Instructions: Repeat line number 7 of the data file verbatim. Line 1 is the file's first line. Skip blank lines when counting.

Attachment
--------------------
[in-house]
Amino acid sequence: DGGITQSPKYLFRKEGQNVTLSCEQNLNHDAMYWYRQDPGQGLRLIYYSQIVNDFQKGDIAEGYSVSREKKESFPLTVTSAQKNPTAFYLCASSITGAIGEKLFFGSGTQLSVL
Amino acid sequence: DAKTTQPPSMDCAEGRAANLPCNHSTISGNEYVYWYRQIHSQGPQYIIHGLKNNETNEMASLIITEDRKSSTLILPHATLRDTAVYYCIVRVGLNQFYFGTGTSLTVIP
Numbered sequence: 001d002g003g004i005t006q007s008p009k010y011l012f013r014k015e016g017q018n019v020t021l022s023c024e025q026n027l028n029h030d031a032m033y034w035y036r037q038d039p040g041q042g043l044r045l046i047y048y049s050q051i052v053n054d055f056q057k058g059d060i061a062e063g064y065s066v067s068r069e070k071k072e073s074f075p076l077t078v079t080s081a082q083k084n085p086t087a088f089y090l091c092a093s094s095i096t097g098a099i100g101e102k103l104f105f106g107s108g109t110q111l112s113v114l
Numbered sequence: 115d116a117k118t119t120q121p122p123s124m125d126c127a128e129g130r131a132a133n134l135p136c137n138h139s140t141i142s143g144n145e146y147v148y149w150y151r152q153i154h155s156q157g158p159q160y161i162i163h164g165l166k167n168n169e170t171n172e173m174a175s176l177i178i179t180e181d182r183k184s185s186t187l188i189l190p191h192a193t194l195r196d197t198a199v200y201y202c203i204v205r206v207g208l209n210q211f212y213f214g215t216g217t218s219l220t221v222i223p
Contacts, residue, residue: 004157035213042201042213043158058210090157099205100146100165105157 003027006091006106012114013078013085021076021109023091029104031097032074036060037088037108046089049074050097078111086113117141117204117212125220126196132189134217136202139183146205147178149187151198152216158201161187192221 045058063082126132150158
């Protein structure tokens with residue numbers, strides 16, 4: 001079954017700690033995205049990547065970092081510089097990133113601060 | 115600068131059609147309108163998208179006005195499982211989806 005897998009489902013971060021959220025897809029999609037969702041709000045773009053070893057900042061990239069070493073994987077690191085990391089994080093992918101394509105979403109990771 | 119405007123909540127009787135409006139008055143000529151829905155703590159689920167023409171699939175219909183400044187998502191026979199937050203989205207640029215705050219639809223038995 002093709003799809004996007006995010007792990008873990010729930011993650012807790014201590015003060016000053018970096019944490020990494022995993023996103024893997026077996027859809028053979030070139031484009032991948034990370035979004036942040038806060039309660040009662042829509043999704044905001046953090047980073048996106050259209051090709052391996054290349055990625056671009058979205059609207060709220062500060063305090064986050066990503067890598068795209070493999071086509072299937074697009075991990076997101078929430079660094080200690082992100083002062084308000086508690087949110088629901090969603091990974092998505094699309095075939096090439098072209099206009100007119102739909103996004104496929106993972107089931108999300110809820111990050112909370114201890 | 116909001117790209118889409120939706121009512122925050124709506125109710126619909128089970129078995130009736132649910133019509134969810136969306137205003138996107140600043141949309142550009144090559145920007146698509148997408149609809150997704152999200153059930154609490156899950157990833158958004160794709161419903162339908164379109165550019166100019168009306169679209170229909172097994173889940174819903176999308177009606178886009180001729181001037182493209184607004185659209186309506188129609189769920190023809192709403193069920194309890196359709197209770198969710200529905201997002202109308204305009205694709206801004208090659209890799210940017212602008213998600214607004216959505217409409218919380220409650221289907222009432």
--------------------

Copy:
């Protein structure tokens with residue numbers, strides 16, 4: 001079954017700690033995205049990547065970092081510089097990133113601060 | 115600068131059609147309108163998208179006005195499982211989806 005897998009489902013971060021959220025897809029999609037969702041709000045773009053070893057900042061990239069070493073994987077690191085990391089994080093992918101394509105979403109990771 | 119405007123909540127009787135409006139008055143000529151829905155703590159689920167023409171699939175219909183400044187998502191026979199937050203989205207640029215705050219639809223038995 002093709003799809004996007006995010007792990008873990010729930011993650012807790014201590015003060016000053018970096019944490020990494022995993023996103024893997026077996027859809028053979030070139031484009032991948034990370035979004036942040038806060039309660040009662042829509043999704044905001046953090047980073048996106050259209051090709052391996054290349055990625056671009058979205059609207060709220062500060063305090064986050066990503067890598068795209070493999071086509072299937074697009075991990076997101078929430079660094080200690082992100083002062084308000086508690087949110088629901090969603091990974092998505094699309095075939096090439098072209099206009100007119102739909103996004104496929106993972107089931108999300110809820111990050112909370114201890 | 116909001117790209118889409120939706121009512122925050124709506125109710126619909128089970129078995130009736132649910133019509134969810136969306137205003138996107140600043141949309142550009144090559145920007146698509148997408149609809150997704152999200153059930154609490156899950157990833158958004160794709161419903162339908164379109165550019166100019168009306169679209170229909172097994173889940174819903176999308177009606178886009180001729181001037182493209184607004185659209186309506188129609189769920190023809192709403193069920194309890196359709197209770198969710200529905201997002202109308204305009205694709206801004208090659209890799210940017212602008213998600214607004216959505217409409218919380220409650221289907222009432």